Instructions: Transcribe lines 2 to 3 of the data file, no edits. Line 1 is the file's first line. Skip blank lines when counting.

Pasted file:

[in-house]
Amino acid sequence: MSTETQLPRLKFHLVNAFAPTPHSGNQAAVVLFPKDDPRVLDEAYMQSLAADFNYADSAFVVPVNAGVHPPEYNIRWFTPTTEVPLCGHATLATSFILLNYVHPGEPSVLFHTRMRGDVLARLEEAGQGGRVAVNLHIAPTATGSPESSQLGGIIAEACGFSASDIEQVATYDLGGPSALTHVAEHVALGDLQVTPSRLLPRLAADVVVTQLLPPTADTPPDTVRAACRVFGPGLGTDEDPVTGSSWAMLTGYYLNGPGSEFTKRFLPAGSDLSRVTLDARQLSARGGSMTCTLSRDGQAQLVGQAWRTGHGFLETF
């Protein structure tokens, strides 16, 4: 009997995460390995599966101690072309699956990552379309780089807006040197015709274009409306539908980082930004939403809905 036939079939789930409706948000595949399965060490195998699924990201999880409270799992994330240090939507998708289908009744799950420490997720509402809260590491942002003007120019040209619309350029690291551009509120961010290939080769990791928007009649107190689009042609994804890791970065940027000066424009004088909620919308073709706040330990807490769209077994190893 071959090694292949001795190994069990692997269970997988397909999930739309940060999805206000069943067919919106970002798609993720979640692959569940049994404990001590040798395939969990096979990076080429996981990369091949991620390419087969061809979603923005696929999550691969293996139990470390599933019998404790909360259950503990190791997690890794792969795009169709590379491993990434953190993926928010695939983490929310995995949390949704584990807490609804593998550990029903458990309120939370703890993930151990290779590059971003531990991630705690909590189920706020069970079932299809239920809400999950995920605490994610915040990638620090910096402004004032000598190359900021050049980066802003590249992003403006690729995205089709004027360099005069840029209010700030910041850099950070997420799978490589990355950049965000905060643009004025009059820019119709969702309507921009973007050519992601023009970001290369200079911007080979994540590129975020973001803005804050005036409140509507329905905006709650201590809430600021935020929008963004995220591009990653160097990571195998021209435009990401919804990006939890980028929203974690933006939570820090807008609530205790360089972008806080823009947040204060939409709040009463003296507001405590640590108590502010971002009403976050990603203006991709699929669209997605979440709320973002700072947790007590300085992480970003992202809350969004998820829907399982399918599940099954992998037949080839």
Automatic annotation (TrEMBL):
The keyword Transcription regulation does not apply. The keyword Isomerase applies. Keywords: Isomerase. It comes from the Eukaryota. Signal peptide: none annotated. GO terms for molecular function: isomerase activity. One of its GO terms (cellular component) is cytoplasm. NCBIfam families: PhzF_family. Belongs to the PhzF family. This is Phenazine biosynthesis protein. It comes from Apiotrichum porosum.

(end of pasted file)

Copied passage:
Amino acid sequence: MSTETQLPRLKFHLVNAFAPTPHSGNQAAVVLFPKDDPRVLDEAYMQSLAADFNYADSAFVVPVNAGVHPPEYNIRWFTPTTEVPLCGHATLATSFILLNYVHPGEPSVLFHTRMRGDVLARLEEAGQGGRVAVNLHIAPTATGSPESSQLGGIIAEACGFSASDIEQVATYDLGGPSALTHVAEHVALGDLQVTPSRLLPRLAADVVVTQLLPPTADTPPDTVRAACRVFGPGLGTDEDPVTGSSWAMLTGYYLNGPGSEFTKRFLPAGSDLSRVTLDARQLSARGGSMTCTLSRDGQAQLVGQAWRTGHGFLETF
């Protein structure tokens, strides 16, 4: 009997995460390995599966101690072309699956990552379309780089807006040197015709274009409306539908980082930004939403809905 036939079939789930409706948000595949399965060490195998699924990201999880409270799992994330240090939507998708289908009744799950420490997720509402809260590491942002003007120019040209619309350029690291551009509120961010290939080769990791928007009649107190689009042609994804890791970065940027000066424009004088909620919308073709706040330990807490769209077994190893 071959090694292949001795190994069990692997269970997988397909999930739309940060999805206000069943067919919106970002798609993720979640692959569940049994404990001590040798395939969990096979990076080429996981990369091949991620390419087969061809979603923005696929999550691969293996139990470390599933019998404790909360259950503990190791997690890794792969795009169709590379491993990434953190993926928010695939983490929310995995949390949704584990807490609804593998550990029903458990309120939370703890993930151990290779590059971003531990991630705690909590189920706020069970079932299809239920809400999950995920605490994610915040990638620090910096402004004032000598190359900021050049980066802003590249992003403006690729995205089709004027360099005069840029209010700030910041850099950070997420799978490589990355950049965000905060643009004025009059820019119709969702309507921009973007050519992601023009970001290369200079911007080979994540590129975020973001803005804050005036409140509507329905905006709650201590809430600021935020929008963004995220591009990653160097990571195998021209435009990401919804990006939890980028929203974690933006939570820090807008609530205790360089972008806080823009947040204060939409709040009463003296507001405590640590108590502010971002009403976050990603203006991709699929669209997605979440709320973002700072947790007590300085992480970003992202809350969004998820829907399982399918599940099954992998037949080839």